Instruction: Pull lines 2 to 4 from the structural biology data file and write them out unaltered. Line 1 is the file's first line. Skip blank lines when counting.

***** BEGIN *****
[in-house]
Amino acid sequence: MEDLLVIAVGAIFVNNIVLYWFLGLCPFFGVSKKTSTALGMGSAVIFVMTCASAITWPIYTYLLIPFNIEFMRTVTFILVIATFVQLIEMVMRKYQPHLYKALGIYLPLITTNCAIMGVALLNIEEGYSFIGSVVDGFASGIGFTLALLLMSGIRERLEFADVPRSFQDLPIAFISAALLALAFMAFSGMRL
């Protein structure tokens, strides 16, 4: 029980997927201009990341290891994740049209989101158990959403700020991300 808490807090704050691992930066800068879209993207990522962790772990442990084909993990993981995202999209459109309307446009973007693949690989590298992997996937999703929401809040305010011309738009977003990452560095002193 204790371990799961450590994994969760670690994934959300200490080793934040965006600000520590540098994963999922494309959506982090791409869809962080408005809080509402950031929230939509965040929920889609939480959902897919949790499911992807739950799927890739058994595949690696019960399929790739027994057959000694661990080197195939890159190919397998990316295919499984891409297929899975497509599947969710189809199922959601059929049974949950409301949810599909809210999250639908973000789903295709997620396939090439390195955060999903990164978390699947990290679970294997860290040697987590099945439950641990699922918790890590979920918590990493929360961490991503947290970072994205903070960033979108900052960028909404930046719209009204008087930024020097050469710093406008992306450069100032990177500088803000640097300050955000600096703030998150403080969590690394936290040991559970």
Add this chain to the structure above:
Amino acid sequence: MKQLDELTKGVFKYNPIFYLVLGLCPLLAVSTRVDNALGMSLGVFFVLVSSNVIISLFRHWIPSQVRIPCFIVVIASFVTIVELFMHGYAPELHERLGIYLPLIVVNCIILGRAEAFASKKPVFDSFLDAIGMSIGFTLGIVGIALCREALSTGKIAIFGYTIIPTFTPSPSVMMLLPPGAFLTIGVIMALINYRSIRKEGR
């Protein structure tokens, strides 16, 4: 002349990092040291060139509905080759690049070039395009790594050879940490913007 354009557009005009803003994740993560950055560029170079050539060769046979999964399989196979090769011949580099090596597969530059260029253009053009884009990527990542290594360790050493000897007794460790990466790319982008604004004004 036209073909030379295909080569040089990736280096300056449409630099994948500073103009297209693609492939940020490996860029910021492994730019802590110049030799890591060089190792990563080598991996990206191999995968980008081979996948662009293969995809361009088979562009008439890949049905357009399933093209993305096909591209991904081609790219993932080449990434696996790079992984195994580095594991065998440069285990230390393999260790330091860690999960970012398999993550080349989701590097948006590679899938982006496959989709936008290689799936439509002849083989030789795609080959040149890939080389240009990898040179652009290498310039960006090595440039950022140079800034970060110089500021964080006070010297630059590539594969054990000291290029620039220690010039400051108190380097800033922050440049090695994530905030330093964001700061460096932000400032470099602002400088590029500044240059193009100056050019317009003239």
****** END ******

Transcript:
Amino acid sequence: MEDLLVIAVGAIFVNNIVLYWFLGLCPFFGVSKKTSTALGMGSAVIFVMTCASAITWPIYTYLLIPFNIEFMRTVTFILVIATFVQLIEMVMRKYQPHLYKALGIYLPLITTNCAIMGVALLNIEEGYSFIGSVVDGFASGIGFTLALLLMSGIRERLEFADVPRSFQDLPIAFISAALLALAFMAFSGMRL
């Protein structure tokens, strides 16, 4: 029980997927201009990341290891994740049209989101158990959403700020991300 808490807090704050691992930066800068879209993207990522962790772990442990084909993990993981995202999209459109309307446009973007693949690989590298992997996937999703929401809040305010011309738009977003990452560095002193 204790371990799961450590994994969760670690994934959300200490080793934040965006600000520590540098994963999922494309959506982090791409869809962080408005809080509402950031929230939509965040929920889609939480959902897919949790499911992807739950799927890739058994595949690696019960399929790739027994057959000694661990080197195939890159190919397998990316295919499984891409297929899975497509599947969710189809199922959601059929049974949950409301949810599909809210999250639908973000789903295709997620396939090439390195955060999903990164978390699947990290679970294997860290040697987590099945439950641990699922918790890590979920918590990493929360961490991503947290970072994205903070960033979108900052960028909404930046719209009204008087930024020097050469710093406008992306450069100032990177500088803000640097300050955000600096703030998150403080969590690394936290040991559970």
Add this chain to the structure above: